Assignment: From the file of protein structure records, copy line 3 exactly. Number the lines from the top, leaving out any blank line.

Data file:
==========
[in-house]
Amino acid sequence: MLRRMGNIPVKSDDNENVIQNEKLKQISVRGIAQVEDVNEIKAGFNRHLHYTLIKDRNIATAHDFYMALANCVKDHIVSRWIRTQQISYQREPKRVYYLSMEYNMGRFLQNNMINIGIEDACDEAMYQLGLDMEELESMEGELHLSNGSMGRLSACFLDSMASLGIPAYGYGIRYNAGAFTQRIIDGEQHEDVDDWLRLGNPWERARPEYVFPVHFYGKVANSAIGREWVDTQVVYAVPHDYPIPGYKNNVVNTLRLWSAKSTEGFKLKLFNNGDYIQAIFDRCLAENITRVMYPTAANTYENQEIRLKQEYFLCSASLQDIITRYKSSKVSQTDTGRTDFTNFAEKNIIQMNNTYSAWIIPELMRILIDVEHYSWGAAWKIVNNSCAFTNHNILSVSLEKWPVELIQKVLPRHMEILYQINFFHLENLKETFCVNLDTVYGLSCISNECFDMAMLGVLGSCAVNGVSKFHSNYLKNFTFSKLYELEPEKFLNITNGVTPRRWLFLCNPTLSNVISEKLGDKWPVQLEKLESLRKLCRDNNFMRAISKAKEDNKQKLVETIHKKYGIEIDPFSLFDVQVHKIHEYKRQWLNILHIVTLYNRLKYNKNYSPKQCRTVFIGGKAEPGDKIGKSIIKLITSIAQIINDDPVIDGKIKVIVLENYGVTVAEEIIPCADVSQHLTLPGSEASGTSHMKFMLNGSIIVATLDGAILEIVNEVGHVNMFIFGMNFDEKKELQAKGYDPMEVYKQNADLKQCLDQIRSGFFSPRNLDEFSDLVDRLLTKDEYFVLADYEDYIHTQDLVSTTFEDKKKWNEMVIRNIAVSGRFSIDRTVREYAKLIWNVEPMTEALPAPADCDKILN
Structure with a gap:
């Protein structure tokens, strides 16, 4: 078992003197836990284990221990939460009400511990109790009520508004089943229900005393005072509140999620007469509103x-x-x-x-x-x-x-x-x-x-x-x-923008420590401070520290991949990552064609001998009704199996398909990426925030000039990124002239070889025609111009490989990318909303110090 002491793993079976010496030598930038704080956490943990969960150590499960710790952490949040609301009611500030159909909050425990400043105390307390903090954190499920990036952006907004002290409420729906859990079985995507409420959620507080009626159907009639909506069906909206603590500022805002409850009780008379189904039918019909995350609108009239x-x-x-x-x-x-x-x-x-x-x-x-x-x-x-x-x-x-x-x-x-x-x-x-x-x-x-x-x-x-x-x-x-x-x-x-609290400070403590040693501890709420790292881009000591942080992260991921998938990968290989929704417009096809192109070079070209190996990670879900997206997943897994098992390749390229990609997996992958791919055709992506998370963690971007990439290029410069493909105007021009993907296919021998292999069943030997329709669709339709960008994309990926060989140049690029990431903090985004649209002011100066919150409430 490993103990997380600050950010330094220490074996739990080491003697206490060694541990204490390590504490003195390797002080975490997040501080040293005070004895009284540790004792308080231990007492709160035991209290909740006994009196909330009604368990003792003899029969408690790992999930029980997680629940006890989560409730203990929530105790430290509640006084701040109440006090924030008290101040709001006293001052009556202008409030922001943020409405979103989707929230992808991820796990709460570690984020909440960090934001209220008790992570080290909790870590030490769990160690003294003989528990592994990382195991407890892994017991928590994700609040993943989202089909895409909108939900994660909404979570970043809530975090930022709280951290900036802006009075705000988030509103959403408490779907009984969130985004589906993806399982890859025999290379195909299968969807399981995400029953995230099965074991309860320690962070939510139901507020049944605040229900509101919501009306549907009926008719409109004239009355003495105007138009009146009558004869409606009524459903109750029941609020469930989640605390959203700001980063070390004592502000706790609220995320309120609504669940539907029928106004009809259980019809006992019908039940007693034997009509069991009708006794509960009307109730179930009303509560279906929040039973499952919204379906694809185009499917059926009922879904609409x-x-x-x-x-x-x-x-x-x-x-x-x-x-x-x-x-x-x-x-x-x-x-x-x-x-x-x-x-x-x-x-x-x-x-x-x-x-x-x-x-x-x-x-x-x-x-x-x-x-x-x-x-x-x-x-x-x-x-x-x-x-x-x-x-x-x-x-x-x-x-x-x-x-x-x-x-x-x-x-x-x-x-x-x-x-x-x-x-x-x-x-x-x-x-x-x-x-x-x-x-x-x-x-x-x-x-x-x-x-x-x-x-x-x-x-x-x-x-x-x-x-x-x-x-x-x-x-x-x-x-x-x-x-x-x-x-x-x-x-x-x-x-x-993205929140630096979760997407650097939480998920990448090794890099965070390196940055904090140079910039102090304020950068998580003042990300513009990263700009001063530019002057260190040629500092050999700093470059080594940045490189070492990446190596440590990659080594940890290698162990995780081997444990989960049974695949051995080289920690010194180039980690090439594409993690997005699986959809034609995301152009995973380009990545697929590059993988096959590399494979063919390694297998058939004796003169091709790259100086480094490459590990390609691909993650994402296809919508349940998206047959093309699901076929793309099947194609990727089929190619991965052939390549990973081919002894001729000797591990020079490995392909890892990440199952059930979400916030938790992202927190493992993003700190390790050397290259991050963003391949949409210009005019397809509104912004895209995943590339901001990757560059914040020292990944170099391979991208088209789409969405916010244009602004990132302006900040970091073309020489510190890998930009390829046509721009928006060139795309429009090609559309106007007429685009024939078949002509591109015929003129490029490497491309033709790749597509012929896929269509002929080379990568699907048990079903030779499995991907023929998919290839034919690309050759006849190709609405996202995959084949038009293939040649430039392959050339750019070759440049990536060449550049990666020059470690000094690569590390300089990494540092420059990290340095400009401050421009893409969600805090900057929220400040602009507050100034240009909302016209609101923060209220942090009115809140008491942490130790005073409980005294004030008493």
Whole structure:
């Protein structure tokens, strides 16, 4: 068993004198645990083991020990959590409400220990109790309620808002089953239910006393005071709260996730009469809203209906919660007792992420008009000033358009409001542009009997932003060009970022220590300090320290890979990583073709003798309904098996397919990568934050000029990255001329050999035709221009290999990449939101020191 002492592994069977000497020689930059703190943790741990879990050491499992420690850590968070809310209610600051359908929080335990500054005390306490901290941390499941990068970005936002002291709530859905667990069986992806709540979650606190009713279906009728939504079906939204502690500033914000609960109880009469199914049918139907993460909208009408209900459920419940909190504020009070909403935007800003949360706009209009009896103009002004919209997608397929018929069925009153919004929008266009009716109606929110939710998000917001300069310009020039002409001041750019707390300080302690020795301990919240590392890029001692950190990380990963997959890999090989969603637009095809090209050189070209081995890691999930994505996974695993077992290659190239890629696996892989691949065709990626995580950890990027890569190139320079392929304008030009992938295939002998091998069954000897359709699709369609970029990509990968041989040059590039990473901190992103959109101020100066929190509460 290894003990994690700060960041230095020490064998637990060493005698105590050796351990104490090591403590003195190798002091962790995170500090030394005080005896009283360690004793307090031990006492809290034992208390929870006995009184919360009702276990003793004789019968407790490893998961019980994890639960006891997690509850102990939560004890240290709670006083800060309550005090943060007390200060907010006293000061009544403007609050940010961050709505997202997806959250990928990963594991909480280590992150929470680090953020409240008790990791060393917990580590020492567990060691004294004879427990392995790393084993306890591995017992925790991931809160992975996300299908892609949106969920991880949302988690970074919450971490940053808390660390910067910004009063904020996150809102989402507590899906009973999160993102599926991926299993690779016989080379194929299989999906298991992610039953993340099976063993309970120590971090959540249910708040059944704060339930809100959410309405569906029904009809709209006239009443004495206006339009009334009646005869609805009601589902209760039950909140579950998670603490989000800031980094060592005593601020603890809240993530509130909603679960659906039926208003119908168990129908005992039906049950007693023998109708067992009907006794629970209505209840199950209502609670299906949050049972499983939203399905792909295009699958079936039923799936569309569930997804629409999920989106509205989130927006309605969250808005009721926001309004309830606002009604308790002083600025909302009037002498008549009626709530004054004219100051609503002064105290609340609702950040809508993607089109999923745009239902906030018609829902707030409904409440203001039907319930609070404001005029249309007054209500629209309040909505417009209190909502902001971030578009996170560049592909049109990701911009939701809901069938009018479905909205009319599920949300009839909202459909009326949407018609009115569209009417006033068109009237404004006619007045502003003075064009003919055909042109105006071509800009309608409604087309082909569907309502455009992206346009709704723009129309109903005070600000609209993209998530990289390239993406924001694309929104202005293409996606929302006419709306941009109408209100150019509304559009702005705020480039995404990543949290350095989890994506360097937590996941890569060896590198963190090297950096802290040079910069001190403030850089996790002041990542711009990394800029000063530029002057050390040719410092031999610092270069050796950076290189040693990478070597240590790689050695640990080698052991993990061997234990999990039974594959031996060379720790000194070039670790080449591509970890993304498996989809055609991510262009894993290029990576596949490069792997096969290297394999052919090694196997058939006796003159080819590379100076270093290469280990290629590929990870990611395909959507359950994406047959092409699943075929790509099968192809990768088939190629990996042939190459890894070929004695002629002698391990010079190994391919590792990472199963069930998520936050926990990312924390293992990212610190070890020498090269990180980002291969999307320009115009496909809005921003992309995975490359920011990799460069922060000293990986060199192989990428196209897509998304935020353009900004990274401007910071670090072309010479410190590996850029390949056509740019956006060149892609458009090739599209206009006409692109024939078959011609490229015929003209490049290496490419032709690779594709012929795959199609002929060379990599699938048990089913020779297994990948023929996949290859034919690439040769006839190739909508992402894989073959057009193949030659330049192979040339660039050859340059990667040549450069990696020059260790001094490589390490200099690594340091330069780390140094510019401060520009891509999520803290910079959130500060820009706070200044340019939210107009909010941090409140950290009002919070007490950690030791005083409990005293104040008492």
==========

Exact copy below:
Structure with a gap: